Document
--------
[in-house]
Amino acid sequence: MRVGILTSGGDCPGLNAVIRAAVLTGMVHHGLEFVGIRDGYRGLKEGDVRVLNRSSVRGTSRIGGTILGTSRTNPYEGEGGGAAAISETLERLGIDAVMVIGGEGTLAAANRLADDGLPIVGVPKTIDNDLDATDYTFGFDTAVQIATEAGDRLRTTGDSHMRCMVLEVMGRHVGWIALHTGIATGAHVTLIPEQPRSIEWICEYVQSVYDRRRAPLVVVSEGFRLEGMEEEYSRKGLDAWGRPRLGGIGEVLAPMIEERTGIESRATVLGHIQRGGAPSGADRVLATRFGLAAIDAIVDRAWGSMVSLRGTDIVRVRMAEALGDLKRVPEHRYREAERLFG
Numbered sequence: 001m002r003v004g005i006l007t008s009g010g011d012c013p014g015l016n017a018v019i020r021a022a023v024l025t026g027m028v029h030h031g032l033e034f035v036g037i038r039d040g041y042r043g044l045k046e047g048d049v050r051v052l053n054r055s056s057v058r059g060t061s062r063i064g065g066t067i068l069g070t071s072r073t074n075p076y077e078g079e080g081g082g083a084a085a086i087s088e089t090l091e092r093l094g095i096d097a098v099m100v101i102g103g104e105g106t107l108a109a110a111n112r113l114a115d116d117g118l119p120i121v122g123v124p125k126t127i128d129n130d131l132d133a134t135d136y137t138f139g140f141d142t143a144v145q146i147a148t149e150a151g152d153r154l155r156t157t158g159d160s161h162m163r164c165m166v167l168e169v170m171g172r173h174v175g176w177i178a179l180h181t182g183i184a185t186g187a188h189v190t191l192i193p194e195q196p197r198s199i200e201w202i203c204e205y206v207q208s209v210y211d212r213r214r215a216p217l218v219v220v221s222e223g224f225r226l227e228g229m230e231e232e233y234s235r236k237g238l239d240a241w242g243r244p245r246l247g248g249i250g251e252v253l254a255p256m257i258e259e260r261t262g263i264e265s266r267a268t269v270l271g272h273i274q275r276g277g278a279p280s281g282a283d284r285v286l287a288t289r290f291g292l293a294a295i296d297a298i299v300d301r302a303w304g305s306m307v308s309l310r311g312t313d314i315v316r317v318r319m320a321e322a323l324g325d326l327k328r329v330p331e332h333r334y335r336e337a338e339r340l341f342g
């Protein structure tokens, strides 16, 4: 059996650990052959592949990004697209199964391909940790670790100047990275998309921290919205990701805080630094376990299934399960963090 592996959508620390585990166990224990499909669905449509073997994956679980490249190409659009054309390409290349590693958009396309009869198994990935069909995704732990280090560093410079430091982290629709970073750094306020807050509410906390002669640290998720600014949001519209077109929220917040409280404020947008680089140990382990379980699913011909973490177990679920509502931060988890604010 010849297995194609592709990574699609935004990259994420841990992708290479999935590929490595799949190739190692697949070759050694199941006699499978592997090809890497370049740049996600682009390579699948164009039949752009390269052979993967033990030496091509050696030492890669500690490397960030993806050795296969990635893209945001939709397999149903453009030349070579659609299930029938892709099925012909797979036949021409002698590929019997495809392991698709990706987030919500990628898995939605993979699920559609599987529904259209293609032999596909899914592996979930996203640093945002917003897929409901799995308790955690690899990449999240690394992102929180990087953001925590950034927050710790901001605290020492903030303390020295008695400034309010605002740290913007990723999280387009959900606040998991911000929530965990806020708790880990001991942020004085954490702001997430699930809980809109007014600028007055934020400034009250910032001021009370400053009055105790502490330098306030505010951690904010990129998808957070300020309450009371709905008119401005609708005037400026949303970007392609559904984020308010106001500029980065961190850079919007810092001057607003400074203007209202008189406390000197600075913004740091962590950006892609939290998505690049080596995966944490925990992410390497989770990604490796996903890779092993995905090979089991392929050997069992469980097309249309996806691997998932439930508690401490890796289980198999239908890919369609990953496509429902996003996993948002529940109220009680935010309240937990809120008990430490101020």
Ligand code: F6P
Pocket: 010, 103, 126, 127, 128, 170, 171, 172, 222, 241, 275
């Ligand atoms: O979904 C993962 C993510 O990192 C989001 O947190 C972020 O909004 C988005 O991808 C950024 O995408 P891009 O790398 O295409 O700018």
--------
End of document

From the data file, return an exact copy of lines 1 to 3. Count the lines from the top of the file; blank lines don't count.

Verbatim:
[in-house]
Amino acid sequence: MRVGILTSGGDCPGLNAVIRAAVLTGMVHHGLEFVGIRDGYRGLKEGDVRVLNRSSVRGTSRIGGTILGTSRTNPYEGEGGGAAAISETLERLGIDAVMVIGGEGTLAAANRLADDGLPIVGVPKTIDNDLDATDYTFGFDTAVQIATEAGDRLRTTGDSHMRCMVLEVMGRHVGWIALHTGIATGAHVTLIPEQPRSIEWICEYVQSVYDRRRAPLVVVSEGFRLEGMEEEYSRKGLDAWGRPRLGGIGEVLAPMIEERTGIESRATVLGHIQRGGAPSGADRVLATRFGLAAIDAIVDRAWGSMVSLRGTDIVRVRMAEALGDLKRVPEHRYREAERLFG
Numbered sequence: 001m002r003v004g005i006l007t008s009g010g011d012c013p014g015l016n017a018v019i020r021a022a023v024l025t026g027m028v029h030h031g032l033e034f035v036g037i038r039d040g041y042r043g044l045k046e047g048d049v050r051v052l053n054r055s056s057v058r059g060t061s062r063i064g065g066t067i068l069g070t071s072r073t074n075p076y077e078g079e080g081g082g083a084a085a086i087s088e089t090l091e092r093l094g095i096d097a098v099m100v101i102g103g104e105g106t107l108a109a110a111n112r113l114a115d116d117g118l119p120i121v122g123v124p125k126t127i128d129n130d131l132d133a134t135d136y137t138f139g140f141d142t143a144v145q146i147a148t149e150a151g152d153r154l155r156t157t158g159d160s161h162m163r164c165m166v167l168e169v170m171g172r173h174v175g176w177i178a179l180h181t182g183i184a185t186g187a188h189v190t191l192i193p194e195q196p197r198s199i200e201w202i203c204e205y206v207q208s209v210y211d212r213r214r215a216p217l218v219v220v221s222e223g224f225r226l227e228g229m230e231e232e233y234s235r236k237g238l239d240a241w242g243r244p245r246l247g248g249i250g251e252v253l254a255p256m257i258e259e260r261t262g263i264e265s266r267a268t269v270l271g272h273i274q275r276g277g278a279p280s281g282a283d284r285v286l287a288t289r290f291g292l293a294a295i296d297a298i299v300d301r302a303w304g305s306m307v308s309l310r311g312t313d314i315v316r317v318r319m320a321e322a323l324g325d326l327k328r329v330p331e332h333r334y335r336e337a338e339r340l341f342g